It's a cliche now to even note that the 1980s was a grand repository of bad hair and great songs. But it's a beloved cliche (and something quite truthful, too). The thing is, nobody makes songs like they did in the 1980s anymore: there was just something about that decade that was magical, and raunchy, and innocent -- and sometimes all at the same time. Perhaps it was the optimism of the Reagan years, the resurgence of affluence everywhere, the hopefulness of the first EDSA... That bright hopefulness, charged with a subterfuge of greed, bled into the popular culture, and became our favorite songs and movies.
Indeed, like the songs of the era, the movies, too, had a tint to them (like vaseline on the camera lens) that I can't quite explain. Consider the color, the lights, and the almost childlike delight of E.T. The ExtraTerrestrial and Close Encounters of the Third Kind. Consider the cosmopolitan sweet vengeance of Working Girl and The Secret of My Succe$s. Consider the unalloyed joy of adventure of the Indiana Jones and Back to the Future series. Consider the panoramic vistas of Out of Africa, Gandhi, and Chariots of Fire. Consider the sweet angst-ridden explorations of Sixteen Candles, Pretty in Pink, The Breakfast Club, and Ferris Bueller's Day Off. Consider the stylish madness of Carrie, Fatal Attraction, and Dressed to Kill. Consider the unapologetic romps and comedic chops of Porky's, National Lampoon's Animal House, Coming to America, and Trading Places. Irony and pastiche in films were still a decade away, and so they were earnest and truthful. Sometimes, watching these films again, I am amazed by the depth of their intelligence. E.T., for example, was a runaway hit when it was released early in the decade: watching it now, I actually found it surprisingly contemplative. Steven Spielberg had faith that young people would grow to the story: he believed in the intelligence of the mass audience. Look at it again, it takes its time to bring us around to the grand (grand!) finish. I'm not sure audiences today -- on a steady diet of instant things -- will have the patience to enjoy such a film.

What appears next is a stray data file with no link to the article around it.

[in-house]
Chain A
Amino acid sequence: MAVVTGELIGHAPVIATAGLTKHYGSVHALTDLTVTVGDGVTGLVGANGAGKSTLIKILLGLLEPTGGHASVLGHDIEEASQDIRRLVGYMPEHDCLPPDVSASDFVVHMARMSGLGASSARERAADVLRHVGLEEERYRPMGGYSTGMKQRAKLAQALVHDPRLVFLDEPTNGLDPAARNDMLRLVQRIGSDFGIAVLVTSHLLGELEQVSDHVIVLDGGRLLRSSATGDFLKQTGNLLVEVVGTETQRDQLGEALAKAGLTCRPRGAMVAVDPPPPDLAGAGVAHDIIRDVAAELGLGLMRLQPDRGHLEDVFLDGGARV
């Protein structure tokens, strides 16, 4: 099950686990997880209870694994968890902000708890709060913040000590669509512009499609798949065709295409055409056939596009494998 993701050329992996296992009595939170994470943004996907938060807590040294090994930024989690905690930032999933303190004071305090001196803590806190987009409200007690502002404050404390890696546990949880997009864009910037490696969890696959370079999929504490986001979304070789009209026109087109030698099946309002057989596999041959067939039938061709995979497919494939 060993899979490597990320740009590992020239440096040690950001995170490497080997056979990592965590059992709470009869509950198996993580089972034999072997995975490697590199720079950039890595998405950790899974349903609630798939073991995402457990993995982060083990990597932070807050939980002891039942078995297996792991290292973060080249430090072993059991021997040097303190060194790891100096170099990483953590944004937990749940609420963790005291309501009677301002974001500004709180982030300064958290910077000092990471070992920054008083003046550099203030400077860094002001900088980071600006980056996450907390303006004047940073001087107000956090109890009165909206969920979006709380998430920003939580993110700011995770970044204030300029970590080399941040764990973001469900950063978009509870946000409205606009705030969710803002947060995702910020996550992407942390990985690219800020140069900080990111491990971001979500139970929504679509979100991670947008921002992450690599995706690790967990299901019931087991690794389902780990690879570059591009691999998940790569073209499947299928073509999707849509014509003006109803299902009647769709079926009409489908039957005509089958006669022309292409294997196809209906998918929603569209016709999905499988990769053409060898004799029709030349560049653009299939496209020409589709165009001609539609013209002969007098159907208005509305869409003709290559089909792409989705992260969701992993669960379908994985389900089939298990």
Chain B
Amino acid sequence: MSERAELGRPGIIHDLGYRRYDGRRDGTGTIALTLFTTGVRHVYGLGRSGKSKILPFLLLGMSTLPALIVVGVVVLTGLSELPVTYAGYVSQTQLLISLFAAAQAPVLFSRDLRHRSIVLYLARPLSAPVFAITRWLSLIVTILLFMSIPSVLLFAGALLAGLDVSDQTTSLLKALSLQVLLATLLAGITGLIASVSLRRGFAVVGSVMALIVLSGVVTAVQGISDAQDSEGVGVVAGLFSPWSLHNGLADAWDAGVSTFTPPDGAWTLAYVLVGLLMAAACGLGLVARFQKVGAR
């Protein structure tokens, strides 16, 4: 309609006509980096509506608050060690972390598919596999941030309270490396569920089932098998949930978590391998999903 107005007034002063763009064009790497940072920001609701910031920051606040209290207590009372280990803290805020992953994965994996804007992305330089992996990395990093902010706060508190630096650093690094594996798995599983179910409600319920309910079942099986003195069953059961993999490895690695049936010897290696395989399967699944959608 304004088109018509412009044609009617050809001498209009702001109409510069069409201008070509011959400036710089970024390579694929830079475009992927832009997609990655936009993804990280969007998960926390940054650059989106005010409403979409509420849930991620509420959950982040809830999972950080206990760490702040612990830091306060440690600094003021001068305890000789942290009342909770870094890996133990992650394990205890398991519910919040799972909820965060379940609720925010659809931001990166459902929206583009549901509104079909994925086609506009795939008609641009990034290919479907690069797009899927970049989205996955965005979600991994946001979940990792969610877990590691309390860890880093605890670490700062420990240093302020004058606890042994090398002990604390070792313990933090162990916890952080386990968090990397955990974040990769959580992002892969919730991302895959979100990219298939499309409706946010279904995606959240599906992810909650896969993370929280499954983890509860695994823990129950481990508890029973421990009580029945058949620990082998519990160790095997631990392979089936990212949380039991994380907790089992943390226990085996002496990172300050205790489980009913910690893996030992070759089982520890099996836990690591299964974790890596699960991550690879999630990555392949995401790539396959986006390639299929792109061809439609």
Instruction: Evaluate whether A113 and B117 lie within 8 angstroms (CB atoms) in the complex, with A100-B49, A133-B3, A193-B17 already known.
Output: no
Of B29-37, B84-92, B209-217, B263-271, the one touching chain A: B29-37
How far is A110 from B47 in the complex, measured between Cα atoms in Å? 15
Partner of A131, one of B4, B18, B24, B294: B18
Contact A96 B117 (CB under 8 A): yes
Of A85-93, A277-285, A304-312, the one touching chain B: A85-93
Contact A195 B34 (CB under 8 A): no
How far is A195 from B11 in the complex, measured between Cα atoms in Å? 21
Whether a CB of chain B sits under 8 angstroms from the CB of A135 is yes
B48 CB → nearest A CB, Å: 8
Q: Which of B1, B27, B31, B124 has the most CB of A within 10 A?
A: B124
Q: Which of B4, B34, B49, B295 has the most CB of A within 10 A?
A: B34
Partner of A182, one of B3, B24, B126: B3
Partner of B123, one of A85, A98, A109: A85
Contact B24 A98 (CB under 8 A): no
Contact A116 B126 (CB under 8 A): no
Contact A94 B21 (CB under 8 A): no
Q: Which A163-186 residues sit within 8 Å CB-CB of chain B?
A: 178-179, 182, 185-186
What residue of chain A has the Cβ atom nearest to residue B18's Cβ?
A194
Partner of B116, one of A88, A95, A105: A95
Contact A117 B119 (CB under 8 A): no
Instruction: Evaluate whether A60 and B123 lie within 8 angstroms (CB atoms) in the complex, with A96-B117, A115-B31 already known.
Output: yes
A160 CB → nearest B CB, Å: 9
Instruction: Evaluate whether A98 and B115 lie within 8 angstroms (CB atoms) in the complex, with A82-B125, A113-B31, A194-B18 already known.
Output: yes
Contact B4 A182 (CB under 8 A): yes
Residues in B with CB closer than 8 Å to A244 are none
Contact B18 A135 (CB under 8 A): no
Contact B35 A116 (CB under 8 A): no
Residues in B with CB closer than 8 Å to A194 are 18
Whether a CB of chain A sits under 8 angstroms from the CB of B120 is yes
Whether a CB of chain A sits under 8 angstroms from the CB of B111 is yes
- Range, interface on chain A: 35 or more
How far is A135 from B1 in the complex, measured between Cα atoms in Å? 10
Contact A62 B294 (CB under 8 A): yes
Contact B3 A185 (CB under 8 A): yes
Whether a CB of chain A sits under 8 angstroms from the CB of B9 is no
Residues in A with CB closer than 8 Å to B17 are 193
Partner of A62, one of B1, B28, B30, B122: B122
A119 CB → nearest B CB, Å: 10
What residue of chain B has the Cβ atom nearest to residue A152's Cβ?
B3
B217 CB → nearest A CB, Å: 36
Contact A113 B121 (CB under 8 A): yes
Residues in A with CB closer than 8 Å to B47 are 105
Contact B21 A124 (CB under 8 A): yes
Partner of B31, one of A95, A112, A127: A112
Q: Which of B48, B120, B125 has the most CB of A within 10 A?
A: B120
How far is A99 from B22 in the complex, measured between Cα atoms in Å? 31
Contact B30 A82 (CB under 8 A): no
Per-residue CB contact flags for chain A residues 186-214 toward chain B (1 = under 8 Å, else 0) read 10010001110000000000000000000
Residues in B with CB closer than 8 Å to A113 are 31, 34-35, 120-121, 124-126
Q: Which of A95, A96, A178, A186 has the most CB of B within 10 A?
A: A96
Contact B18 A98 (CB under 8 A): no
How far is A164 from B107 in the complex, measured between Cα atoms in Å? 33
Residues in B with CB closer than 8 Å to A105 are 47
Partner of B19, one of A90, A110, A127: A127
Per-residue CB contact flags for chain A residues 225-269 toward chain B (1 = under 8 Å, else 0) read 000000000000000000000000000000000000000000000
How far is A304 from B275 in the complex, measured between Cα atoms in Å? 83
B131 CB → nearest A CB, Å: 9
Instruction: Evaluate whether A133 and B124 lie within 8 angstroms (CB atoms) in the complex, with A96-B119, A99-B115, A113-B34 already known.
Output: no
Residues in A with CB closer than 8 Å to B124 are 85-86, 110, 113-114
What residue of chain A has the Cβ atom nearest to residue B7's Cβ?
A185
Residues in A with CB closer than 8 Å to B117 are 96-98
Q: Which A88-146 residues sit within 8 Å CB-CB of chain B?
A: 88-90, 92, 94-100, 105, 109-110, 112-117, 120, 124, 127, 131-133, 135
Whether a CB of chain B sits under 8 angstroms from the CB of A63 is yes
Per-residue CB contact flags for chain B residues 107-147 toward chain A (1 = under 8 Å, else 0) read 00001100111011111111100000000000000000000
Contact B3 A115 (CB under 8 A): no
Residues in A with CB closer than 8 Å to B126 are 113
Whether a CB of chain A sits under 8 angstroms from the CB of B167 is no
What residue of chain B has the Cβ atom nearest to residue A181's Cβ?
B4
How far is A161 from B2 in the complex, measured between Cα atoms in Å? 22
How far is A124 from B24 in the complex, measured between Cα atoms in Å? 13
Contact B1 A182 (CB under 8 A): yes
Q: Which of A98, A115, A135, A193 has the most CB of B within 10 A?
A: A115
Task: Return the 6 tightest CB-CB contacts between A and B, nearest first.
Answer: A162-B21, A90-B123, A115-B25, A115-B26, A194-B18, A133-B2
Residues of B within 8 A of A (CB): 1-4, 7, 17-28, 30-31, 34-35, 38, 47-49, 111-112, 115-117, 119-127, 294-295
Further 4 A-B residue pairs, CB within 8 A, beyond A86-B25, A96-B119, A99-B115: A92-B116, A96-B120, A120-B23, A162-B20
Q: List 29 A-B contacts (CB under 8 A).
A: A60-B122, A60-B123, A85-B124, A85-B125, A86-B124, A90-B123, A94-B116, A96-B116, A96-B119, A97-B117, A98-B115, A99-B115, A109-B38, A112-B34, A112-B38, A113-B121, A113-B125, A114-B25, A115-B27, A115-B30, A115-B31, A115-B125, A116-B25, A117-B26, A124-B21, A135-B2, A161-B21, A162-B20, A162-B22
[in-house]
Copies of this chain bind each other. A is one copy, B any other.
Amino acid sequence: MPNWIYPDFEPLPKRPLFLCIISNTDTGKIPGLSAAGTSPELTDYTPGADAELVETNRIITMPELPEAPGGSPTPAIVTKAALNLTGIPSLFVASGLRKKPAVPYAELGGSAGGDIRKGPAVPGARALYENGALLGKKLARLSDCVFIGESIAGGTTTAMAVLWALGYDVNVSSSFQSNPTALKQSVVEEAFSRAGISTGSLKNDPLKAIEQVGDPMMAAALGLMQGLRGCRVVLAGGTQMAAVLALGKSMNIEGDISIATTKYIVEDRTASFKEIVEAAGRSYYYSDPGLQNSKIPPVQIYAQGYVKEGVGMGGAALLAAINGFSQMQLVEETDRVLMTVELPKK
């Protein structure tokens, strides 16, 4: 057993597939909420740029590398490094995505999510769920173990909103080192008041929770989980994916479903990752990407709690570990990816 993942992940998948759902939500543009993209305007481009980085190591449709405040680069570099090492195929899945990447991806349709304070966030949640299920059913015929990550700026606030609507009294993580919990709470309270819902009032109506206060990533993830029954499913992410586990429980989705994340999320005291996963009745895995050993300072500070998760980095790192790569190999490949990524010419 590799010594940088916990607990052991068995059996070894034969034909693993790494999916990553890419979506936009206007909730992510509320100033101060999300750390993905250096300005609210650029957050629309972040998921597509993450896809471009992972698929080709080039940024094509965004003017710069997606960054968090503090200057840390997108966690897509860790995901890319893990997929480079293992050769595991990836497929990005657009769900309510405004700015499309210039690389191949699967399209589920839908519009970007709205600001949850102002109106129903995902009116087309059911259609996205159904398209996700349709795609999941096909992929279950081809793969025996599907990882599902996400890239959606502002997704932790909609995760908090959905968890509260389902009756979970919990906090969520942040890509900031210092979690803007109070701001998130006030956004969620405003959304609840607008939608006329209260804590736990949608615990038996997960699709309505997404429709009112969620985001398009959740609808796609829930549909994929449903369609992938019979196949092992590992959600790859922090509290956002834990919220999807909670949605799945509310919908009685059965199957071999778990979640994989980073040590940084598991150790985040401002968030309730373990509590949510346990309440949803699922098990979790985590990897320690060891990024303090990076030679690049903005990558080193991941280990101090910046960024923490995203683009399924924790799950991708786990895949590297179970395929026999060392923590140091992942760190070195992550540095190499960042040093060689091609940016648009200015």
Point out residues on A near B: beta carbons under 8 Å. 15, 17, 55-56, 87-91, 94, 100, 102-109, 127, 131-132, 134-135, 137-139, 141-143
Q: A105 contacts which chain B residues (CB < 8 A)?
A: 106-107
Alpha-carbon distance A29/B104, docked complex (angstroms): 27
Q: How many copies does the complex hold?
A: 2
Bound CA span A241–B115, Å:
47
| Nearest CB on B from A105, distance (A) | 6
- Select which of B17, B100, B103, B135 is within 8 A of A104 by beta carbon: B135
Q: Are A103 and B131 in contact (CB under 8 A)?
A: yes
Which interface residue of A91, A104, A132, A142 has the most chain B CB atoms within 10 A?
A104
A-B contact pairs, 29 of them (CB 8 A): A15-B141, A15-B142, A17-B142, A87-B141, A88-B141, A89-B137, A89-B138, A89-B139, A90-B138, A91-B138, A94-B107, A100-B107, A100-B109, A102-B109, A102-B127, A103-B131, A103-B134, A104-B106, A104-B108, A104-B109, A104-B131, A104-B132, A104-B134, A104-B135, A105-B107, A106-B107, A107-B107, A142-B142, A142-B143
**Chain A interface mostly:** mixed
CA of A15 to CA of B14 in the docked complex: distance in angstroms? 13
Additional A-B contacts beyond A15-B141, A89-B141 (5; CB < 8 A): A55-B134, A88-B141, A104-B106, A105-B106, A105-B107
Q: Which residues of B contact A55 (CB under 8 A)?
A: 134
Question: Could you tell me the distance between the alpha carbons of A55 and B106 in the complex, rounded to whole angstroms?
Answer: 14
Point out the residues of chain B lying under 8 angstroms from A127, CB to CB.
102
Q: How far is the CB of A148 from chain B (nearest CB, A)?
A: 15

I mention these movies because one of the landmark films to come out during this time was Sidney Pollack's Tootsie (also here), which starred Dustin Hoffman as a difficult, out-of-work New York actor who finds salvation (and love) when he tries out successfully for a TV soap -- as a female actor. I love that film. It went on to gain many Oscar nominations (including Best Picture), and won a supporting trophy for Jessica Lange.
One of its nominations was for its theme song "It Might Be You" composed and written by Dave Grusin, Alan Bergman, and Marilyn Bergman, and sung by the incomparable Stephen Bishop. It was a perfect fit for the movie, and I love this song because it is in turns reflective, hopeful, and sad.
Here's the song for you to sing along...
Time, I've been passing time Watching trains go by All of my life Lying on the sand Watching seabirds fly Wishing there could be someone Waiting home for me
Something's telling me it might be you It's telling me it might be you All of my life...
Looking back as lovers go walking past All of my life Wondering how they met and what makes it last If I found the place would I recognize the face
Something's telling me it might be you It's telling me it might be you So many quiet walks to take So many dreams to wake And there's so much love to make
I think we’re gonna need some time Maybe all we need is time And it's telling me it might be you All of my life
I've been saving love songs and lullabies And there's so much more No one's ever heard before Something's telling me it might be you Yeah, it's telling me it must be you and I'm feeling it'll just be you All of my life It's you, it's you I've been waiting for all of my life Maybe it's you Maybe it's you I've been waiting for all of my life.
Listen to that earnest melody, that tone of hopefulness, that sweeping statement about waiting for love. What contemporary song comes close? Today, everybody's too busy singing, "To the left... to the left..."